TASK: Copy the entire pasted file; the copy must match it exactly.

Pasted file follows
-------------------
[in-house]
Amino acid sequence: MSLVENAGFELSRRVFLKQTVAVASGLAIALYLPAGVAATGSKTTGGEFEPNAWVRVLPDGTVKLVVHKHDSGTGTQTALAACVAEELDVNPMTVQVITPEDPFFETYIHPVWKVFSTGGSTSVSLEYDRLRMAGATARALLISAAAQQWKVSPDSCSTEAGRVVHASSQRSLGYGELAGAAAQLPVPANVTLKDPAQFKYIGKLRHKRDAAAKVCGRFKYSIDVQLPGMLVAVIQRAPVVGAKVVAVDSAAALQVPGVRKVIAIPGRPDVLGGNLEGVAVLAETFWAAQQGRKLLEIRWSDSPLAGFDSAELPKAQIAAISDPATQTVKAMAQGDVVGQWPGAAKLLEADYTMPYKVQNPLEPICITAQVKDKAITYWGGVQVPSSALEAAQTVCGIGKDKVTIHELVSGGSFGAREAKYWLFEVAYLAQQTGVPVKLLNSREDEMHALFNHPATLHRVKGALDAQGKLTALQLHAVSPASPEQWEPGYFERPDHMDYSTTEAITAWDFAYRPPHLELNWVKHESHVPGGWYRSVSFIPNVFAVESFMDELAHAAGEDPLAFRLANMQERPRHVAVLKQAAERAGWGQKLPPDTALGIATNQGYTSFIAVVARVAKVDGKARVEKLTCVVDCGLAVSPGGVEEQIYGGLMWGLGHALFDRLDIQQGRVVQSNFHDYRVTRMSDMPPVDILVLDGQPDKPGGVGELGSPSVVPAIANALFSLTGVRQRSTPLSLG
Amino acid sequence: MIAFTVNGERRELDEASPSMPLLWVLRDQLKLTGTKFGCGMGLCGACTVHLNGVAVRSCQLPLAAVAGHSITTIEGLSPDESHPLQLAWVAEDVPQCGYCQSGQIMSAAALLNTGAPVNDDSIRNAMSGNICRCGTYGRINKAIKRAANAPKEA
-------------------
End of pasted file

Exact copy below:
[in-house]
Amino acid sequence: MSLVENAGFELSRRVFLKQTVAVASGLAIALYLPAGVAATGSKTTGGEFEPNAWVRVLPDGTVKLVVHKHDSGTGTQTALAACVAEELDVNPMTVQVITPEDPFFETYIHPVWKVFSTGGSTSVSLEYDRLRMAGATARALLISAAAQQWKVSPDSCSTEAGRVVHASSQRSLGYGELAGAAAQLPVPANVTLKDPAQFKYIGKLRHKRDAAAKVCGRFKYSIDVQLPGMLVAVIQRAPVVGAKVVAVDSAAALQVPGVRKVIAIPGRPDVLGGNLEGVAVLAETFWAAQQGRKLLEIRWSDSPLAGFDSAELPKAQIAAISDPATQTVKAMAQGDVVGQWPGAAKLLEADYTMPYKVQNPLEPICITAQVKDKAITYWGGVQVPSSALEAAQTVCGIGKDKVTIHELVSGGSFGAREAKYWLFEVAYLAQQTGVPVKLLNSREDEMHALFNHPATLHRVKGALDAQGKLTALQLHAVSPASPEQWEPGYFERPDHMDYSTTEAITAWDFAYRPPHLELNWVKHESHVPGGWYRSVSFIPNVFAVESFMDELAHAAGEDPLAFRLANMQERPRHVAVLKQAAERAGWGQKLPPDTALGIATNQGYTSFIAVVARVAKVDGKARVEKLTCVVDCGLAVSPGGVEEQIYGGLMWGLGHALFDRLDIQQGRVVQSNFHDYRVTRMSDMPPVDILVLDGQPDKPGGVGELGSPSVVPAIANALFSLTGVRQRSTPLSLG
Amino acid sequence: MIAFTVNGERRELDEASPSMPLLWVLRDQLKLTGTKFGCGMGLCGACTVHLNGVAVRSCQLPLAAVAGHSITTIEGLSPDESHPLQLAWVAEDVPQCGYCQSGQIMSAAALLNTGAPVNDDSIRNAMSGNICRCGTYGRINKAIKRAANAPKEA